53:3. Then he will become despised, and will cut off the glory of all the kingdoms; they will be prostrate and mourning, like a man of pains and like one destined for sicknesses; and as though the presence of the spirit had been withdrawn from us, they will be despised, and esteemed not.
53:4 But in truth it was our ills that he bore, and our pains that he carried -- but we had regarded him diseased, stricken by G-d and afflicted!
53:4. Then he shall pray for on behalf of our transgressions, and our iniquities shall be pardoned for his sake, although we were accounted stricken, smitten from before the L-rd, and afflicted.
53:5 He was pained because of our rebellious sins and oppressed through our iniquities; the chastisement upon him was for our benefit, and through his wounds we were healed.
53:5. But he will build up the Holy Place, which has been polluted for our sins, and delivered to the enemy for our iniquities; and by his teaching shall his peace be multiplied and by our devotion to his words, our transgressions will be forgiven us.
53:6 We have all strayed like sheep each of us turning his own way and HaShem inflicted upon him the iniquity of us all.
53:6. All we like sheep had been scattered, we had each wandered off on his own way; but it was the L-rd's good pleasure to forgive the sins of all of us for his sake.
53:7 He was persecuted and afflicted but did not open his mouth; like a sheep being led to the slaughter or a ewe that is silent before her shearers, he did not open his mouth.
53:7. He prayed, and he was answered, and ere even he had opened his mouth he was accepted; the mighty of the peoples he will deliver up like a sheep to the slaughter and like a lamb dumb before her shearers; there shall be none before him opening his mouth or saying a word.
53:8 Now that he has been released from captivity and judgment who could have imagined such a generation? For he had been removed from the land of the living, an affliction upon them that was my people's sin.
53:8. Out of chastisements and punishment he will bring our captives near; the wondrous things done to us in his days who shall be able to tell? For he will cause the dominion of the Gentiles to pass away from the land of Israel and transfer to them the sins which my people have committed.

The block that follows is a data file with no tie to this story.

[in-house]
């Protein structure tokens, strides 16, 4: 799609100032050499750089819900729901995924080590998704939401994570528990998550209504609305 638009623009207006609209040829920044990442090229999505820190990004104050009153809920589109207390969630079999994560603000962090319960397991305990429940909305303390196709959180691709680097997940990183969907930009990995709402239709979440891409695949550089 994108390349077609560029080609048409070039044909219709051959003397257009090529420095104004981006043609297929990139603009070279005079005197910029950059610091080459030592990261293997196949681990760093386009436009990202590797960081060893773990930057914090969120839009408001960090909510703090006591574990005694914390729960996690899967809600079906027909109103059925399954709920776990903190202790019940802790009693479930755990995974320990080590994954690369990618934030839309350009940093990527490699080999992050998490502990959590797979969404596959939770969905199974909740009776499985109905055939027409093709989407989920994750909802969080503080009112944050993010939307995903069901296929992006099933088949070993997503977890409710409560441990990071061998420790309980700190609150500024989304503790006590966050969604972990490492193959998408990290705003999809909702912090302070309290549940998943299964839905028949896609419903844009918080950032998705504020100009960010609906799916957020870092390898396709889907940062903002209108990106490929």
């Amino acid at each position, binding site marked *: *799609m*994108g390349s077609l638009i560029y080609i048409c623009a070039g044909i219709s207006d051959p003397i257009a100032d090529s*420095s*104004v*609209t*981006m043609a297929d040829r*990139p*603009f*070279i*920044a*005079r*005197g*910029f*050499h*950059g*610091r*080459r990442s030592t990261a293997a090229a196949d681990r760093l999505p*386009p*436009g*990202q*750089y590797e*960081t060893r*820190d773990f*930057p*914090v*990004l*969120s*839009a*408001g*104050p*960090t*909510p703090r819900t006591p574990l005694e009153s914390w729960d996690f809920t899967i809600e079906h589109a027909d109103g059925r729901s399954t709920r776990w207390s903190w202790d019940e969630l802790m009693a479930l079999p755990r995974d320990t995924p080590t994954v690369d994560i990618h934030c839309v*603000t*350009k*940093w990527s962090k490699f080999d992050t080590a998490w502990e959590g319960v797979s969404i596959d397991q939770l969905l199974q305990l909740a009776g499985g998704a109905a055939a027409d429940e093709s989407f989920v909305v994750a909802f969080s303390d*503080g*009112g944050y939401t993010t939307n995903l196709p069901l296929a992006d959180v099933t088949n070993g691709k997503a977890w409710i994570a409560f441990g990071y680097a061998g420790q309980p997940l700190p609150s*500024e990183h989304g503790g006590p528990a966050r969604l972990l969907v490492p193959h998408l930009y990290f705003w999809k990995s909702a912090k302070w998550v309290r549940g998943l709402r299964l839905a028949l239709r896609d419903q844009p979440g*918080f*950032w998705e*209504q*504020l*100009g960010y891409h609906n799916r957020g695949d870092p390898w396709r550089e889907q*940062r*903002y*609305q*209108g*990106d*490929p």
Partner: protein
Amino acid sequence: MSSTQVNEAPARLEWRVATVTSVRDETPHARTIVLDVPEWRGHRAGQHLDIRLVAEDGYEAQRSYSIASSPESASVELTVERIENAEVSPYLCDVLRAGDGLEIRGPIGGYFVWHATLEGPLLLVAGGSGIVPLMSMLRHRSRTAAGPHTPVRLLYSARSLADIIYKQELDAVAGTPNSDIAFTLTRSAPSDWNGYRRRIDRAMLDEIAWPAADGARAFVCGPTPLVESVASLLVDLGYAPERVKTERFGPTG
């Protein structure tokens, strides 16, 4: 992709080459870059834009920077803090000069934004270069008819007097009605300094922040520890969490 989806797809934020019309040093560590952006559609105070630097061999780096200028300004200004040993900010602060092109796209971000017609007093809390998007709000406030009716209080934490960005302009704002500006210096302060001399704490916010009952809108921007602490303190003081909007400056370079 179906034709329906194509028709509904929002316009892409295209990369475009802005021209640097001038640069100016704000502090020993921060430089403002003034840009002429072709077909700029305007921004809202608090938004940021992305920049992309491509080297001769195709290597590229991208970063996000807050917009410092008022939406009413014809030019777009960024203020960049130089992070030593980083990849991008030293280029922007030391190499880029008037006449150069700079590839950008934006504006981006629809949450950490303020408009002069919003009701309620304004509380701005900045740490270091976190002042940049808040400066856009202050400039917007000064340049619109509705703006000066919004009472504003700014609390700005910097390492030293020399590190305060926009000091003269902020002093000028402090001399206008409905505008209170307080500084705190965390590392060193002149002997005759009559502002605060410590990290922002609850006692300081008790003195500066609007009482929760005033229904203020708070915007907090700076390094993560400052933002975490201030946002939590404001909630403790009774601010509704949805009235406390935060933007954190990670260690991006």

53:9 He submitted himself to his grave like wicked men; and the wealthy (submitted) to his executions for committing no crime and with no deceit in his mouth.
53:9. He will deliver the wicked into the grave, and those that are rich in possessions into the death of utter destruction, in order that those who commit sin may not be established, nor speak deceits with their mouth.
53:10 HaShem desired to oppress him and He afflicted him; if his soul would acknowledge guilt he would see offspring and live long days and the desire or HaShem would succeed in his hand.
53:10. But it is the L-rd's good pleasure to try and to purify the remnant of his people, so as to cleanse their souls from sin; these shall look on the Kingdom of their messiah, their sons and their daughters shall be multiplied, they shall prolong their days, and those who perform the Law of the L-rd shall prosper in his good pleasure.
53:11 He would see (the purpose) and be satisfied with his soul's distress. With his knowledge My servant will vindicate the Righteous One to multitudes; it is their iniquities that he will carry.
53:11. From the subjection of the nation he will deliver their souls, they shall look upon the punishment of those that hate them, and be satisfied with the spoil of their kings; by his wisdom he will hold the guiltless free from guilt, in order to bring many into subjection to the law; and for their sins he will intercede.
53:12 Therefore, I will assign him a portion from the multitudes and he will divide the mighty as spoils -- in return for having poured out his soul for death and being counted among the wicked, for he bore the sin of the multitudes, and prayed for the wicked.
53:12. Then will I divide for him the spoil of many peoples, and the possessions of strong cities shall he divide as prey, because he delivered up his soul to death, and made the rebellious subject to the Law: he shall intercede for many sins, and the rebellious for his sake shall be forgiven.
The missionary ploy in referencing Jewish sources is to say that there are Jews who "see" the messiah in Isaiah 53. That is the wrong question -- throughout the ages many Jewish sources have applied the servant in Isaiah to many Jews including Moses, King David (who was a messiah), and the messiah himself using allegory and homily. The issue for a missionary should be: can Isaiah 53 possible fit Jesus? Not too long ago I wrote a blog post entitled "Can Isaiah 53 be about Jesus?" The answer to that question is "no" and I recommend reading that blog post for more details.
The mere fact that the Targum mentions the messiah does not "prove" the missionary assertion that the suffering servant of Isaiah 53 is the messiah -- indeed the Targum rejects that claim. The Targum teaches that the suffering servant of Isaiah 53 is the nation of Israel (the Jewish people), as Judaism teaches. The mentions of the messiah in the Targum speak of the triumphant, exalted messiah who will eventually redeem Israel and the world.
The Targum does not support the missionary claim that the suffering servant of Isaiah 53 is the messiah.
There is nothing in the Targum that even remotely is connected with the Christian theology about a Messiah who dies for the sins of the world. The missionaries misuse the Targum by selectively quoting it to leave their followers with an erroneous conclusion.